That might have been something you may have read about Michael Dal Colle as recently as five months ago, give or take. Heading into last summer, the 5th overall pick in 2014 had not exactly lit the hockey world on fire after his draft date. Dal Colle missed out on making Team Canada in the World Juniors twice, and once he got to the Islanders organization, saw just four pointless games at the NHL level, all in a franchise-wide disappointing 2017-18 season.
To his credit, Dal Colle worked hard on his game. And with a new regime, he started off strong with Bridgeport, ultimately making the AHL All-Star team. After a two game cup of coffee with the big club in November, Dal Colle was called up at the end of December and has since played in 13 more games for the Islanders.
This more recent sample of games has provided enough data to start to hone in on the type of player Dal Colle is. Largely paired with the veteran duo of Valtteri Filppula and Leo Komarov, Dal Colle has been asked to primarily play in a defensive role. Perhaps a new type of responsibility for him, but he’s done remarkably well in the circumstances.
Let’s start with a straight-forward view of shot rates. Dal Colle is located high up in the top left quadrant, which indicates that he is a low event player. We can see that here as when he is on the ice, the Islanders allow just 45.05 attempts against per hour. This is far and away the best rate on the team (Martin and Clutterbuck are second and third, allowing over 51 shot attempts against per hour).
Dal Colle has a positive overall attempt share, as the Islanders are taking 49 shot attempts per hour while he’s on the ice, which nets out to a 52.12% share of total attempts heading into Tuesday’s game against Boston.
We can see a similar pattern forming on high danger rates as well. Similar to overall shot attempts, Dal Colle has firmly planted himself in the top left of the chart. And once again, the Islanders are allowing their lowest amount of high danger chances against when he’s on the ice - just 7.27 per hour. Some players (Cizikas and Toews, specifically) have similarly strong defensive numbers, but Dal Colle once again tops the charts here.
His high danger attempt share is even stronger than his overall attempt share at 56.52%, though that has more volatility with only 15 total games played and only 46 total high danger chances for the Isles and their opponents when he is on the ice. Now let’s take a look and try to isolate any impact that Dal Colle is having on his linemates.
In the above chart, we can see a tangible impact that Dal Colle is having on his linemates. There’s still a pretty big difference in sample size of minutes here (105 as a line versus 370 without Dal Colle), but the differences are stark.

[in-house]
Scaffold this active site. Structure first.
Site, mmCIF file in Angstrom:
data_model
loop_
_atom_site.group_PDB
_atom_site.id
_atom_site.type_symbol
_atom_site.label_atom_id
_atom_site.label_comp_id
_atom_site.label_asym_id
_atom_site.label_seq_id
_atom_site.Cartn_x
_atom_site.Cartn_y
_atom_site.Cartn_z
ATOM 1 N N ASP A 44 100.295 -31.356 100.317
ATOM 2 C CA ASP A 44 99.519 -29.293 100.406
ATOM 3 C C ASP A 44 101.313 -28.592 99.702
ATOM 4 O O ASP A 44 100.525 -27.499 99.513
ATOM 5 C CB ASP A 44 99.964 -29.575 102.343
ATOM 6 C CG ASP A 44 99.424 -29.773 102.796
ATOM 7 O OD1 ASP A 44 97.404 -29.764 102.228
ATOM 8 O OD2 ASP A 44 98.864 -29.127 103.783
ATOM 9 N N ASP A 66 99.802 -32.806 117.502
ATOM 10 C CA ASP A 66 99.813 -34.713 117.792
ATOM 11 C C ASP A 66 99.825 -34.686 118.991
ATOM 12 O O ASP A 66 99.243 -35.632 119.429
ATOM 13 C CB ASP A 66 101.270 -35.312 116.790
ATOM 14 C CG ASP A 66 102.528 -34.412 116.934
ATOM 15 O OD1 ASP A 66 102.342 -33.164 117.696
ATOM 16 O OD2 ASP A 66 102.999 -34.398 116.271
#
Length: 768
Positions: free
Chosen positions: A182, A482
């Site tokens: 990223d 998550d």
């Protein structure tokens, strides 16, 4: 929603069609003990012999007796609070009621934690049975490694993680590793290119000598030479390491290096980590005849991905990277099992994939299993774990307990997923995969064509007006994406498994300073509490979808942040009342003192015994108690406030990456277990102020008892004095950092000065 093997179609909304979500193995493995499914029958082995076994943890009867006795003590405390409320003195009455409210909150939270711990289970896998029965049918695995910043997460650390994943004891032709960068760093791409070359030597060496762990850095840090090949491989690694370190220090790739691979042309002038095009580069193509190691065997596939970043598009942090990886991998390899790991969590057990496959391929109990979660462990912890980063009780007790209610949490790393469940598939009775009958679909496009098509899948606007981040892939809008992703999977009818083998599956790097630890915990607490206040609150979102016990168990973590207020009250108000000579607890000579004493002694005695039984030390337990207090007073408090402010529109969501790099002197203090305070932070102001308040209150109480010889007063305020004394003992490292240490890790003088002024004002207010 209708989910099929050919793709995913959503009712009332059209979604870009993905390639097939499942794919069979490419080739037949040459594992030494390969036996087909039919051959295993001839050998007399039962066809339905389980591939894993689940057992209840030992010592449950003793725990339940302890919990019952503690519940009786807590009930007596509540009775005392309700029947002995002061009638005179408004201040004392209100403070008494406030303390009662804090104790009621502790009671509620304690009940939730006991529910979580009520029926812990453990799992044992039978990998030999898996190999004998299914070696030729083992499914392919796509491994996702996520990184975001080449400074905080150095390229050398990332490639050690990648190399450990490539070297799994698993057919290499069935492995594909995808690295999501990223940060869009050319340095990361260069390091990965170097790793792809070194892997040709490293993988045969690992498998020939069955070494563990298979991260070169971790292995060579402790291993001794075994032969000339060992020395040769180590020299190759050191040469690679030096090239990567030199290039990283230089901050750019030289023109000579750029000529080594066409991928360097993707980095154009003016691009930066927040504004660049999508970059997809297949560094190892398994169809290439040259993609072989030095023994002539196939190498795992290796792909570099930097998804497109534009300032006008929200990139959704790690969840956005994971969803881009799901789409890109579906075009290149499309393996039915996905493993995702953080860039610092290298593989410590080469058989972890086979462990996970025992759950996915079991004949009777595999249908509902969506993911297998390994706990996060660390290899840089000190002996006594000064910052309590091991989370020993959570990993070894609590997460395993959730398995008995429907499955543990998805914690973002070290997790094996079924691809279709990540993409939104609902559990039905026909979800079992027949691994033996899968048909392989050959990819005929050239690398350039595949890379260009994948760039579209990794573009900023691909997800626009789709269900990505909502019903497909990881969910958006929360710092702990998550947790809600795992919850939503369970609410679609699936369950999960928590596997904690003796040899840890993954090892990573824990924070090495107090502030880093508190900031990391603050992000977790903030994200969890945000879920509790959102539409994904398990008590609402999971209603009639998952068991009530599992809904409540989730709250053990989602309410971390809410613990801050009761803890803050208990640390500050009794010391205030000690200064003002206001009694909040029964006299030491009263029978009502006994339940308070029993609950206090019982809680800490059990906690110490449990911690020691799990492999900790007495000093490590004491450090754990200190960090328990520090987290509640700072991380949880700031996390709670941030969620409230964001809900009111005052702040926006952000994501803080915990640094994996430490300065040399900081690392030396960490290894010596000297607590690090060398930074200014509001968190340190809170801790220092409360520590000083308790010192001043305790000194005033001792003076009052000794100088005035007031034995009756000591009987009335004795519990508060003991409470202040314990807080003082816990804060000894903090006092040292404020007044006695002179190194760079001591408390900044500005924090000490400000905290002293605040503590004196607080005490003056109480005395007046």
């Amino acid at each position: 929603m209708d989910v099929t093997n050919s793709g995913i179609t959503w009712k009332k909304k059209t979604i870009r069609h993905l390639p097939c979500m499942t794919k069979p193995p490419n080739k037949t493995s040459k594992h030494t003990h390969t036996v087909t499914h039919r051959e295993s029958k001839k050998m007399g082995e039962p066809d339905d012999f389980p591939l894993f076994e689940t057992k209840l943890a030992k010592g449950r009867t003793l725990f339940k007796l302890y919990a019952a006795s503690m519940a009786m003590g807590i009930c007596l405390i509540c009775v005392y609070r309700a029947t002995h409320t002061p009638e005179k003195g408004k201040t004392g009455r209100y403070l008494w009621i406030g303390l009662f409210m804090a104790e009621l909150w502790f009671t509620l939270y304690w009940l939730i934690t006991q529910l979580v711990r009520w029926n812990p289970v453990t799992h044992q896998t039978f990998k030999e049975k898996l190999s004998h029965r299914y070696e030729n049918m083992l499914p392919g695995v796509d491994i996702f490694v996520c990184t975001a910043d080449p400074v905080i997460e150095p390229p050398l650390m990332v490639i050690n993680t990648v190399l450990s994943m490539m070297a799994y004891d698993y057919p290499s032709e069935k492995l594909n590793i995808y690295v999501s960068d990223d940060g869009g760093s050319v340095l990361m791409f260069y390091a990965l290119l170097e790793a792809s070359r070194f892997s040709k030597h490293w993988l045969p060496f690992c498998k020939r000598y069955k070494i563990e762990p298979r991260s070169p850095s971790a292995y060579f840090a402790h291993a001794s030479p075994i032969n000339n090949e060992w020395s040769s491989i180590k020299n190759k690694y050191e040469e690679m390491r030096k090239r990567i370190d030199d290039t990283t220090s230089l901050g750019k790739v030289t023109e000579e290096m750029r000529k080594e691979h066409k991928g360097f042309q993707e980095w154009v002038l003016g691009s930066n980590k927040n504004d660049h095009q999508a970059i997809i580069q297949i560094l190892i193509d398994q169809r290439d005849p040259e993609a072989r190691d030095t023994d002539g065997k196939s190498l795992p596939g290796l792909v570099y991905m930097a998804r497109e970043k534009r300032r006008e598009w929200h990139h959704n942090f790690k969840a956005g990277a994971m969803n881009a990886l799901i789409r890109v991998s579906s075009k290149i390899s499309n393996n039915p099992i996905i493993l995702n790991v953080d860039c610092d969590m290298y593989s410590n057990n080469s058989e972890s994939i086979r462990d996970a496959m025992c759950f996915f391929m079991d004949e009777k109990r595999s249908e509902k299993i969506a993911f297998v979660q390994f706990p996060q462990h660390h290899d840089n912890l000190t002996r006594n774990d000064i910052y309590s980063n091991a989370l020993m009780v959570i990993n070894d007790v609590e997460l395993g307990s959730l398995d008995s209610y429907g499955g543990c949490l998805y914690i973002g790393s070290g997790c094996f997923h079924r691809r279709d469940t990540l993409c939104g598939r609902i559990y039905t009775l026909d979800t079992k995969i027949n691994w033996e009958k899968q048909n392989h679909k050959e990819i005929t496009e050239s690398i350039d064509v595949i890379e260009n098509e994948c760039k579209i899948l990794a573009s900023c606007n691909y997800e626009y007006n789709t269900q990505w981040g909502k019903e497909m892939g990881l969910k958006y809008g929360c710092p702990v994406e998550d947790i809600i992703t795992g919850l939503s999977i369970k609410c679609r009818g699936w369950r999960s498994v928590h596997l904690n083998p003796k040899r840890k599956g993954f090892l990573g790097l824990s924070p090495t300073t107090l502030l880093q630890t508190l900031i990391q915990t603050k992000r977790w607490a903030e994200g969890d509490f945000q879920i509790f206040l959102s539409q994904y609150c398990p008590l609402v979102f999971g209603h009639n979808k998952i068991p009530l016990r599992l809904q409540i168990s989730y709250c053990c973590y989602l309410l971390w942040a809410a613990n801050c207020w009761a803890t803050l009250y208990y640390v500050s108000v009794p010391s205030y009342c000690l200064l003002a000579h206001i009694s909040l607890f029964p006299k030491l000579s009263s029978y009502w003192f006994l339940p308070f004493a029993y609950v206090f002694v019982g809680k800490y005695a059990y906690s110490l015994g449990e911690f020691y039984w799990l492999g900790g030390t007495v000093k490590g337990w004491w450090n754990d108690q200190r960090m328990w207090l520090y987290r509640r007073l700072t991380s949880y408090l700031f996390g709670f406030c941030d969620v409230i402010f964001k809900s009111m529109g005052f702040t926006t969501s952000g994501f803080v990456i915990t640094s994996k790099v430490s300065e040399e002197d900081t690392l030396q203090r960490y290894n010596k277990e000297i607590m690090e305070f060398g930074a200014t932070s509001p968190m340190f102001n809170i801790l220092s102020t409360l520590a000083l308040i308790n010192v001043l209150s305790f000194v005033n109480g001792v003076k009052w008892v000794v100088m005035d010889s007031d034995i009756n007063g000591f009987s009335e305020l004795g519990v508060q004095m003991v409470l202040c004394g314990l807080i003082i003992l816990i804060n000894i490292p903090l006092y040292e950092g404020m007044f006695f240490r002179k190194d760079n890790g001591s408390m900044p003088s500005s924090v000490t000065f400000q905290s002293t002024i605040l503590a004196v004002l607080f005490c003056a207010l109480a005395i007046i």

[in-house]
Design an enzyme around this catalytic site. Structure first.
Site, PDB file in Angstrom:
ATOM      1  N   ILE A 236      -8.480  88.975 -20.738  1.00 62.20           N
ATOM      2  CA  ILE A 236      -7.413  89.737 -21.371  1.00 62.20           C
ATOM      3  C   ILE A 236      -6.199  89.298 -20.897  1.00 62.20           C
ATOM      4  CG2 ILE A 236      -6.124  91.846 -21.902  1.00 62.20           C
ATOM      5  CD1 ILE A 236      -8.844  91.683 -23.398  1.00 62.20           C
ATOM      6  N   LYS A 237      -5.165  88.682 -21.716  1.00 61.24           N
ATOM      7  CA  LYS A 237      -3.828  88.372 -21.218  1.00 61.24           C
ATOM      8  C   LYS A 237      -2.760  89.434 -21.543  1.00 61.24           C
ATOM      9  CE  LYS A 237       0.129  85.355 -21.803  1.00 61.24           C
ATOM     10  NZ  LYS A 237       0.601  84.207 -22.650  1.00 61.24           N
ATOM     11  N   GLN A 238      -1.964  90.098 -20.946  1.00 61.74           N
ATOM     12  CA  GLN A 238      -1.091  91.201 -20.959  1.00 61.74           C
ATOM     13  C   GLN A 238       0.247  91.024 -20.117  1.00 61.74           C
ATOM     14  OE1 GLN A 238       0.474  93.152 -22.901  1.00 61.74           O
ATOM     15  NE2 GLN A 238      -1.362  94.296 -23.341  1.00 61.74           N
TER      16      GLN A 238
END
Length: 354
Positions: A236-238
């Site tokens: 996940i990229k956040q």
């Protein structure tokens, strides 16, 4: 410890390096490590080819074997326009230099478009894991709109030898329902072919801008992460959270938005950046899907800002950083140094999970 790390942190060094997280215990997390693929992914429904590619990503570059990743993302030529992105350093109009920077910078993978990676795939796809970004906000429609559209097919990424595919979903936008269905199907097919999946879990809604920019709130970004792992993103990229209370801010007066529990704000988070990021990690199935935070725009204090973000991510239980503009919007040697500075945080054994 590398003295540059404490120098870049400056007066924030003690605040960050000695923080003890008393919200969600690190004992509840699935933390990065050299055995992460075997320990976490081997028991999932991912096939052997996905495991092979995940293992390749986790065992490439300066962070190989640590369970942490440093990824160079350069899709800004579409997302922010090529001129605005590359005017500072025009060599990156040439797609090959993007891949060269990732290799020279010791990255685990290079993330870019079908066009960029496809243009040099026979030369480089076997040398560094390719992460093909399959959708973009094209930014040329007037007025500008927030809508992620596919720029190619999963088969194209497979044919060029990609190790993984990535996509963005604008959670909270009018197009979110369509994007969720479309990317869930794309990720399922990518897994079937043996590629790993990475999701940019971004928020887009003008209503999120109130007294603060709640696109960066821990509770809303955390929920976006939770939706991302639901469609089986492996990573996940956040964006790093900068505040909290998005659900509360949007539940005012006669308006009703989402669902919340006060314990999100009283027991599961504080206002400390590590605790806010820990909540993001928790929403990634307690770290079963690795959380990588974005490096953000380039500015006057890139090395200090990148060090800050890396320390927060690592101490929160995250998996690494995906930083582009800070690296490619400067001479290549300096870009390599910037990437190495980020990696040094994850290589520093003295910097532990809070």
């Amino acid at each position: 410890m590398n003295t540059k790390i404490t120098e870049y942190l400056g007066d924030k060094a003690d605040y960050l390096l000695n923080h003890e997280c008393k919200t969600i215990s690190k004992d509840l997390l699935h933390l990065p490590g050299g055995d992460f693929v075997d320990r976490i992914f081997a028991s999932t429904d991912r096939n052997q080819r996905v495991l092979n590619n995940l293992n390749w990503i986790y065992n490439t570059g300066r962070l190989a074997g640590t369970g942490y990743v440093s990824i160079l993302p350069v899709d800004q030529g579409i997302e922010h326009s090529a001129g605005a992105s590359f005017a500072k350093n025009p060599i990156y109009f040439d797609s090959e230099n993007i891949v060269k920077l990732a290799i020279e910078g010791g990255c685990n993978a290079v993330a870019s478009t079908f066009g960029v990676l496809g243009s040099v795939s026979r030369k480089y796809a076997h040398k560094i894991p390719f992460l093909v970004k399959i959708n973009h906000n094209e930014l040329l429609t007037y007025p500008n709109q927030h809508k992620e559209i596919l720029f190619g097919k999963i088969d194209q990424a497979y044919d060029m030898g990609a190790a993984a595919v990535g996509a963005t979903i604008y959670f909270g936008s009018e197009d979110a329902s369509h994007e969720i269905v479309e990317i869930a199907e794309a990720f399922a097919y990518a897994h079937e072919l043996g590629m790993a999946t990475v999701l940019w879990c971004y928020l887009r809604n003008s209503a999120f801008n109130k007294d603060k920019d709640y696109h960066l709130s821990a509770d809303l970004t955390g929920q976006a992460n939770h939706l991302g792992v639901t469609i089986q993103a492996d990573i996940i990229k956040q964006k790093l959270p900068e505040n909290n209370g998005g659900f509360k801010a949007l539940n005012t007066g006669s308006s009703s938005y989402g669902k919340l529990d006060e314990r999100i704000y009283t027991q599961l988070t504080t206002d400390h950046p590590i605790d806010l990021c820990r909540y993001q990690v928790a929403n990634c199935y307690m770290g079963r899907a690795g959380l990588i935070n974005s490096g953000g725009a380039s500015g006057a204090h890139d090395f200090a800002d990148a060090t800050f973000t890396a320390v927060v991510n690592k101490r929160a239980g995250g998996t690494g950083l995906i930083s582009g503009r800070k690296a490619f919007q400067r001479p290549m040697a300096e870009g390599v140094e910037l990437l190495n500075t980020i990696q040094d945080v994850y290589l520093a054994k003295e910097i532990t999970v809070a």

Given the smaller sample size, let’s focus on overall shot attempts. Over time, scoring chances and high danger chances will become more stabilized but for now, they are still volatile. Regardless, by focusing in on only the first column, we can see a noticeable difference with Dal Colle on the line versus times when he is not.
Some added context also shows us that Dal Colle is being used defensively as well by Barry Trotz, as the winger has more zone starts in the defensive zone (51 D-Zone faceoffs versus 46 O-Zone faceoffs). Note that this doesn’t prove anything, but it does show some added context on how Barry Trotz seeing Dal Colle’s (and his line) role.
It’s still really early to determine what Michael Dal Colle will be at the NHL level. Though we can see that he is visibly contributing on the ice, his underlying numbers also indicate there could be something there. What does need to be made clear here is that we should not assume he will develop into the offensive dynamo that is expected of a fifth overall pick. After Tuesday’s game, Dal Colle has just 19 shots in 16 games and three points during that time frame.
Certainly, there is still room for Dal Colle to develop this part of his game. But for now, where he is really thriving is on the defensive side of the game. We can see that positionally, anecdotally, in empirically in the numbers.
Using Bill Comeau’s SKATR Viz, we can even see that Dal Colle is in the 99th percentile in team relative shot share against per hour and in the 91st percentile in team relative expected goals against. The percentiles are for the entire league, so although we’re still dealing with a fairly low sample of games, the results Dal Colle are showing on that side of the game are quite striking.
At the end of the day, perhaps a defensive specialist is not what is wanted from a fifth overall pick. It’s a fair position to take, given how difficult it is to obtain high-end elite point socrers at the NHL level. But, reality is what it is, and given how turbulent the last few years have been for Dal Colle, the current outcome (knowing there could be more upside to come) seems like a win for everyone.